Original URL path: http://www.nrccte.org/about-nrccte/about-james-r-stone-iii/jims-corner/moving-high-quality-cte (2016-01-08)
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  • The STEM Worker Shortage: The Debate Continues... | NRCCTE
    Worker Shortage The Debate Continues Aug 4th 2014 Dear Colleagues There have been a couple of recurrent themes in research and news reports over the past few months One important theme is the need for STEM workers This is important for many reasons but not the least of which is that assumptions about labor market needs are driving much of the conversation surrounding school reform and improvement Recently I shared two conflicting reports on the real or imagined STEM worker shortage The discussion continues USA Today in its July 28 2014 edition carried the following subheading Silicon Valley has created an imaginary staffing shortage Business executives and politicians endlessly complain that there is a shortage of qualified Americans and that the U S must admit more high skilled guest workers to fill jobs in STEM fields science technology engineering and math This claim is echoed by everyone from President Obama and Rupert Murdoch to Mark Zuckerberg and Bill Gates Yet within the past month two odd things occurred The Census reported that only one in four STEM degree holders is in a STEM job and Microsoft announced plans to downsize its workforce by 18 000 jobs Even so the House is considering legislation that like the Senate immigration bill before it would increase to unprecedented levels the supply of high skill guest workers and automatic green cards to foreign STEM students The authors who self identify as longtime researchers of the STEM workforce and immigration argue that they have been unable to find any credible evidence to support the IT industry s assertions of labor shortages Stay tuned the debate continues Read more here Regards About SREB About James R Stone III NRCCTE Staff Contact Us Jim s Corner Core Issues View All Career Pathways Programs of Study Curriculum Integration

    Original URL path: http://www.nrccte.org/about-nrccte/about-james-r-stone-iii/jims-corner/stem-worker-shortage-debate-continues (2016-01-08)
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  • Jim's Corner | NRCCTE
    commentaries on CTE related issues have addressed such topics as national and international CTE practices workforce development the labor market and changing global economy the role and impact of technology and the perils and pitfalls of the college for all approach to education Want to receive updates on his latest entries Join our mailing list through the link on the right hand side of this page Even the GAO Can t Figure Out if There s a STEM Worker Shortage STEM is on the lips of everyone these days especially those talking about education reform But defining what constitutes a STEM occupation has always been a bit tricky and the following article shows it is as difficult to determine if there is a STEM worker shortage Read more Defining Secondary CTE Students How does one define a high school CTE student Read more Understanding Participation in 21st Century Secondary CTE Colleagues Read more CTE for the 21st Century Colleagues Read more How to make math not boring A recent editorial in the New York Times points out what many educators have often observed American students are bored by math science and engineering Read more Previous 3 of 11 Next About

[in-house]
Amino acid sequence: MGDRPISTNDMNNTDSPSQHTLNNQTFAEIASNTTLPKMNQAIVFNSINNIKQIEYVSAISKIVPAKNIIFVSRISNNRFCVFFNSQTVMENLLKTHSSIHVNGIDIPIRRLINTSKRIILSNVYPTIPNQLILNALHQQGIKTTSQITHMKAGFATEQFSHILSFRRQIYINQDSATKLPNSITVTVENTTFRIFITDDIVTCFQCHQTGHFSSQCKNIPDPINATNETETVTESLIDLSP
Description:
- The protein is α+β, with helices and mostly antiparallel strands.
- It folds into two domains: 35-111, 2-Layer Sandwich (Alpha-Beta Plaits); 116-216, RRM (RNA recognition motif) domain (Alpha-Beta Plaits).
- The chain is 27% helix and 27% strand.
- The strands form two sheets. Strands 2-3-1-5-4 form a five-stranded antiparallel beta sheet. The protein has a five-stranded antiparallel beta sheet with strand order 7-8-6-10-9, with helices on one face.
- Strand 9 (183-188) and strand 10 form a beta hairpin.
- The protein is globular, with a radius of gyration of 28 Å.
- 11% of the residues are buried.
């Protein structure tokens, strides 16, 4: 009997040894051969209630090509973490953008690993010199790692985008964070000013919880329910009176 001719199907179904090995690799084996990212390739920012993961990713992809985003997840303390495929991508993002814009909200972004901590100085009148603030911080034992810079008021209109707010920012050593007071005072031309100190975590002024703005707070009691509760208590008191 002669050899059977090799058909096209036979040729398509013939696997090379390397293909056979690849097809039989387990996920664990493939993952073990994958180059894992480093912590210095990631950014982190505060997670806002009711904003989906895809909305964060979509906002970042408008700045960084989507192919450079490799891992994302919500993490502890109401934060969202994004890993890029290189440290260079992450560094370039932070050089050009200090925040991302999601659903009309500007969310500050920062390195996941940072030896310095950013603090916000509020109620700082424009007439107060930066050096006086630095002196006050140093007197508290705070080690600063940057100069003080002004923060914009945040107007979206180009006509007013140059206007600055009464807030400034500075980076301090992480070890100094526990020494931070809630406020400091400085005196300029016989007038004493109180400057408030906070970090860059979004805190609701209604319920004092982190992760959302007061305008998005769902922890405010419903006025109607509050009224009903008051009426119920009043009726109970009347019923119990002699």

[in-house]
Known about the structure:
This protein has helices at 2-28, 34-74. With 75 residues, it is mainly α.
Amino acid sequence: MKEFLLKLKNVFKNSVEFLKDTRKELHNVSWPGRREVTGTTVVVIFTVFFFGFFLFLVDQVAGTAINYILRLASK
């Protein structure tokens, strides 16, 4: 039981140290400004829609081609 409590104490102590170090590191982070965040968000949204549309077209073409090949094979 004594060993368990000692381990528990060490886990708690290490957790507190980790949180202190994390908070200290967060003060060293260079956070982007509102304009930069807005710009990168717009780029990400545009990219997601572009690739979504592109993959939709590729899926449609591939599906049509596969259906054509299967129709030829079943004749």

Original URL path: http://www.nrccte.org/about-nrccte/about-james-r-stone-iii/jims-corner?page=2 (2016-01-08)
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  • Hospitality and Tourism - 2 | NRCCTE
    Map Hospitality and Tourism 3 This sample Math in CTE curriculum map was created by teacher teams composed of hospitality and tourism Culinary ProStart and math teachers from Utah The associated sample lesson plan and related materials were identified and developed from this curriculum map Click on the linked CTE and math concepts within this map to view the lesson plan associated with them Scroll to the right to view the middle and high school Common Core math standards associated with each unit Hospitality and Tourism 2 hosp prost map 02 pdf CTE Course Unit CTE Concepts or Applications Embedded Math Concepts Middle School Common Core Math Standards High School Common Core Math Standards Using standardized recipes Mathematical operators Fractions Decimals Percentages Figuring conversions Metric Measurements Converting recipes Increasing and decreasing recipes Measuring by volume and weight Addition Subtraction Multiplication Division Adding and subtracting fractions Converting decimals to fractions Percent Converting metric to standard Multiplying and dividing fractions 6 NS 2 6 NS 3 7 NS 1 7 EE 3 6 NS 1 6 EE 2 7 NS 2 7 NS 3 6 NS 5 7 NS 2 7 NS 3 6 RP 2 6 RP 3 7 EE 2 A APR 1 A APR 7 N RN 3 N Q 1 Using standardized recipes Edible Portion EP vs As Purchased Calculating yields Portion sizes Costing recipes Figuring the yield of produce and meat servings for purchasing Figure yield for portion size Cost per serving Menu pricing Addition Subtraction Multiplication Division Adding and subtracting fractions Converting decimals to fractions Percent Converting metric to standard Multiplying and dividing fractions 6 NS 2 6 NS 3 7 NS 1 7 EE 3 6 NS 1 6 EE 2 7 NS 2 7 NS 3 6 NS 5 7 NS 2 7 NS

    Original URL path: http://www.nrccte.org/resources/curriculum-maps/hospitality-and-tourism-2 (2016-01-08)